AI IN HEALTHCARE ADMINISTRATION: How digital health firms and big tech are using AI to ease doctors' administrative burden
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Physician burnout has permeated the healthcare landscape over the last decade, costing the US healthcare system $4.6 billion annually. Over 40% of US physicians said they were burned out pre-pandemic — a figure that's likely swelled amid the stress of treating coronavirus patients.
The staggering proportion of US physicians experiencing burnout is further compounded by findings that indicate the US is facing a clinician shortage: A pre-pandemic analysis published by the Association of American Medical Colleges (AAMC) projects the US will see a shortage of up to 139,000 physicians by 2033. And now, the coronavirus pandemic is exacerbating clinicians' feelings of burnout.
Providers are seeking ways to combat burnout and cut back on the associated costs — opening an opportunity for tech players with AI-based healthcare administration tools. Provider organizations have expressed significant interest in reducing clinicians' burnout, with hundreds offering their feedback to the US Department of Health and Human Services (HHS) as part of the federal agency's efforts to develop an actionable burnout-reduction strategy for physicians.
This presents a sizable opportunity for digital health startups and big tech firms alike, who have increasingly rolled out AI-based tools including machine learning services and voice-enabled digital assistants to help ease clinicians' stress and address the physician burnout crisis permeating the US.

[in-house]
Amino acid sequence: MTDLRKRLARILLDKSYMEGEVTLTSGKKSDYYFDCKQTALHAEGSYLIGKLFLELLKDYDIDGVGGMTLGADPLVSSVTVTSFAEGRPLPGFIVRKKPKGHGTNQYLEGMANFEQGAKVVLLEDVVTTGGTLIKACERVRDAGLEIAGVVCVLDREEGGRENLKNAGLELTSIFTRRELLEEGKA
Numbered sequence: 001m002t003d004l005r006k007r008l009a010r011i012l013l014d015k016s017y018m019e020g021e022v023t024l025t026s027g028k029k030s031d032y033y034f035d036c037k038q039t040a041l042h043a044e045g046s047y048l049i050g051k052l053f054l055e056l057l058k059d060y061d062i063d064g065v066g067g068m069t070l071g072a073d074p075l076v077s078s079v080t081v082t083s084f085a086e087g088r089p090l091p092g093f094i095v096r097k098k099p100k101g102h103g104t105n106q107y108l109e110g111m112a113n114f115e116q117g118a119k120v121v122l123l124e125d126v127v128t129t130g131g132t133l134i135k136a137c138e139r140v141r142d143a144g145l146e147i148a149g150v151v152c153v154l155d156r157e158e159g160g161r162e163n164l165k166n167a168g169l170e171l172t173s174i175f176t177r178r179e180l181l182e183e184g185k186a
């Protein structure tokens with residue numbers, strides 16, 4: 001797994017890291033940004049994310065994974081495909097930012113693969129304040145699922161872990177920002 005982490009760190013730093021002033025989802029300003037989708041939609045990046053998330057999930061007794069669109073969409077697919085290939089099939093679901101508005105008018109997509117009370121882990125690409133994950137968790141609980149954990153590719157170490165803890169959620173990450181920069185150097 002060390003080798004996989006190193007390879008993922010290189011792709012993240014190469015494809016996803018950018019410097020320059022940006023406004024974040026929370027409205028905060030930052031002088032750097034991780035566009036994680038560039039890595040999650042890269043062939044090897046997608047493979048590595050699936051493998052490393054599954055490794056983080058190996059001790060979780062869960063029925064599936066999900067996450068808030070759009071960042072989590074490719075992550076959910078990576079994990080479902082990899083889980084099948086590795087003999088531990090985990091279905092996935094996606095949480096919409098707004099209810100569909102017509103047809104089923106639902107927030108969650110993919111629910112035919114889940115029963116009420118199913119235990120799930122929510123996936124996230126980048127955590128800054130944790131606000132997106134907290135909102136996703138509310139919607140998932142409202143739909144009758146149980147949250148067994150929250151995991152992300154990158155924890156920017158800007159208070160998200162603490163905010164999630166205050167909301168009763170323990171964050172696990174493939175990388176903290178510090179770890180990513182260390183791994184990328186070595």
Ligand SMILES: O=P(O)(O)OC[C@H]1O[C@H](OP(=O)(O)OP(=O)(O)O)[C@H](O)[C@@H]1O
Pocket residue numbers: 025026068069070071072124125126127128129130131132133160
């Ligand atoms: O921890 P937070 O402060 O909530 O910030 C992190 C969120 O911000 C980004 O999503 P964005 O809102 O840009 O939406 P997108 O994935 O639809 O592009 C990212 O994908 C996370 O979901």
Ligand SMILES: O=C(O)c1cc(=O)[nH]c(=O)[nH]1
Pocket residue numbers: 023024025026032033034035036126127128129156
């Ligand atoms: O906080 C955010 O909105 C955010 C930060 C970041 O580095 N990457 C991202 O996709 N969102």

In this report, Insider Intelligence explores the factors driving burnout among clinicians, and how digital health firms and big tech are developing AI solutions to address the US' physician burnout crisis. We first unpack the key drivers of US physicians' burnout, including the weight of their administrative burden and extensive working hours. Next, we explore four AI-powered solutions we've identified as having the ability to most effectively combat physicians' administrative burden and feelings of burnout. We then detail some of the limitations of current AI-based healthcare administration tools and explore barriers that have prevented some physicians from adopting the tech. Finally, we provide an outlook on what the next iteration of AI-powered healthcare administration solutions could look like.
The companies mentioned in this report are: Amazon, Amazon Web Services, Amgen, Apple, Austin Regional Medical Clinic, Cerner, CommonSpirit Health, Google, Google Cloud, Microsoft, Nebraska Medicine, Notable Health, Nuance, Suki, and Wolters Kluwer.
Here are some key takeaways from this report:
- Physician burnout has remained at dangerously high levels over the past 10 years — and the coronavirus pandemic is driving it to a fever pitch.
- Clinicians cite the administrative burden of tasks like charting and paperwork as the top driver of burnout — with long working hours also playing a major role.
- Digital health startups and big tech companies are rolling out AI-powered healthcare administration solutions to automate tasks and free up clinicians to focus their time on providing patients care.
- Despite AI's ability to combat physicians' burden, several barriers — like cost and return on investment considerations — are holding some providers back from adopting AI for administration.
- Digital health startups and big tech companies are working to overcome existing limitations and improve the capabilities of their AI-powered solutions to more effectively combat clinicians' administrative burden — and resultant burnout — on a wider, more accessible scale.
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